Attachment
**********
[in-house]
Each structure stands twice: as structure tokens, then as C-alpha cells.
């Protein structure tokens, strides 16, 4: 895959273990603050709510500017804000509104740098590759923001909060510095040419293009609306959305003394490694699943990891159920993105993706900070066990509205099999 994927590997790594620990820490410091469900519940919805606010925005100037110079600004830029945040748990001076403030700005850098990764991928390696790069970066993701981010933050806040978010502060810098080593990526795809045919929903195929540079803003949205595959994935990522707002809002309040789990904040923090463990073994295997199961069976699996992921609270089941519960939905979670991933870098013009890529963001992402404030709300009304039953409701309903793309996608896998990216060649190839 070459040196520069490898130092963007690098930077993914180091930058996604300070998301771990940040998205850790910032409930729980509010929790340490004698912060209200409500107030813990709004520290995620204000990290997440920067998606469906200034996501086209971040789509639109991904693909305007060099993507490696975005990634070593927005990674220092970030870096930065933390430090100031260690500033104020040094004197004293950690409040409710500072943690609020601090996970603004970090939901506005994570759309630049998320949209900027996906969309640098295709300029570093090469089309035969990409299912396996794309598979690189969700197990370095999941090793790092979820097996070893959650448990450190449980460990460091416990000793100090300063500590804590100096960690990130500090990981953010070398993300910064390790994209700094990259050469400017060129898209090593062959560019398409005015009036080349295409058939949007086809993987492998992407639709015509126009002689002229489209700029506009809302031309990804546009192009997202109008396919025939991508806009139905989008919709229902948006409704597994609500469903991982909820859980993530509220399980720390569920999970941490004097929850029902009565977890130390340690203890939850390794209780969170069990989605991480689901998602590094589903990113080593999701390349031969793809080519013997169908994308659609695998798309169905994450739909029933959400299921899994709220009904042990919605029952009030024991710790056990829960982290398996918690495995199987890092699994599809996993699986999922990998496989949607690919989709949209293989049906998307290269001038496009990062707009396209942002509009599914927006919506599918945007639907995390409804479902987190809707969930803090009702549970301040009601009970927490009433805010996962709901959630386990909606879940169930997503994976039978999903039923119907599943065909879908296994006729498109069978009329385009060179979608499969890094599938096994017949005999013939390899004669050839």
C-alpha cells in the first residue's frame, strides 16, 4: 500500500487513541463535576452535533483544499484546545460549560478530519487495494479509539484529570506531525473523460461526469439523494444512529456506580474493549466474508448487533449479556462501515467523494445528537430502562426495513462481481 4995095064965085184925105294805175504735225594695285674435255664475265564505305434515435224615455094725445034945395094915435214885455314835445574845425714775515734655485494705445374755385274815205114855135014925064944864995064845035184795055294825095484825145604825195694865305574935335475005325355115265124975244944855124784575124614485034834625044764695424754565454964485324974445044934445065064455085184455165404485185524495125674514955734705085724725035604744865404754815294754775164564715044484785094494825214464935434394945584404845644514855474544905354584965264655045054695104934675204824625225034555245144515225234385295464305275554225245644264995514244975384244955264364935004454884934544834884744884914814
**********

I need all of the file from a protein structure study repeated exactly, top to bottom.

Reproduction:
[in-house]
Each structure stands twice: as structure tokens, then as C-alpha cells.
């Protein structure tokens, strides 16, 4: 895959273990603050709510500017804000509104740098590759923001909060510095040419293009609306959305003394490694699943990891159920993105993706900070066990509205099999 994927590997790594620990820490410091469900519940919805606010925005100037110079600004830029945040748990001076403030700005850098990764991928390696790069970066993701981010933050806040978010502060810098080593990526795809045919929903195929540079803003949205595959994935990522707002809002309040789990904040923090463990073994295997199961069976699996992921609270089941519960939905979670991933870098013009890529963001992402404030709300009304039953409701309903793309996608896998990216060649190839 070459040196520069490898130092963007690098930077993914180091930058996604300070998301771990940040998205850790910032409930729980509010929790340490004698912060209200409500107030813990709004520290995620204000990290997440920067998606469906200034996501086209971040789509639109991904693909305007060099993507490696975005990634070593927005990674220092970030870096930065933390430090100031260690500033104020040094004197004293950690409040409710500072943690609020601090996970603004970090939901506005994570759309630049998320949209900027996906969309640098295709300029570093090469089309035969990409299912396996794309598979690189969700197990370095999941090793790092979820097996070893959650448990450190449980460990460091416990000793100090300063500590804590100096960690990130500090990981953010070398993300910064390790994209700094990259050469400017060129898209090593062959560019398409005015009036080349295409058939949007086809993987492998992407639709015509126009002689002229489209700029506009809302031309990804546009192009997202109008396919025939991508806009139905989008919709229902948006409704597994609500469903991982909820859980993530509220399980720390569920999970941490004097929850029902009565977890130390340690203890939850390794209780969170069990989605991480689901998602590094589903990113080593999701390349031969793809080519013997169908994308659609695998798309169905994450739909029933959400299921899994709220009904042990919605029952009030024991710790056990829960982290398996918690495995199987890092699994599809996993699986999922990998496989949607690919989709949209293989049906998307290269001038496009990062707009396209942002509009599914927006919506599918945007639907995390409804479902987190809707969930803090009702549970301040009601009970927490009433805010996962709901959630386990909606879940169930997503994976039978999903039923119907599943065909879908296994006729498109069978009329385009060179979608499969890094599938096994017949005999013939390899004669050839």
C-alpha cells in the first residue's frame, strides 16, 4: 500500500487513541463535576452535533483544499484546545460549560478530519487495494479509539484529570506531525473523460461526469439523494444512529456506580474493549466474508448487533449479556462501515467523494445528537430502562426495513462481481 4995095064965085184925105294805175504735225594695285674435255664475265564505305434515435224615455094725445034945395094915435214885455314835445574845425714775515734655485494705445374755385274815205114855135014925064944864995064845035184795055294825095484825145604825195694865305574935335475005325355115265124975244944855124784575124614485034834625044764695424754565454964485324974445044934445065064455085184455165404485185524495125674514955734705085724725035604744865404754815294754775164564715044484785094494825214464935434394945584404845644514855474544905354584965264655045054695104934675204824625225034555245144515225234385295464305275554225245644264995514244975384244955264364935004454884934544834884744884914814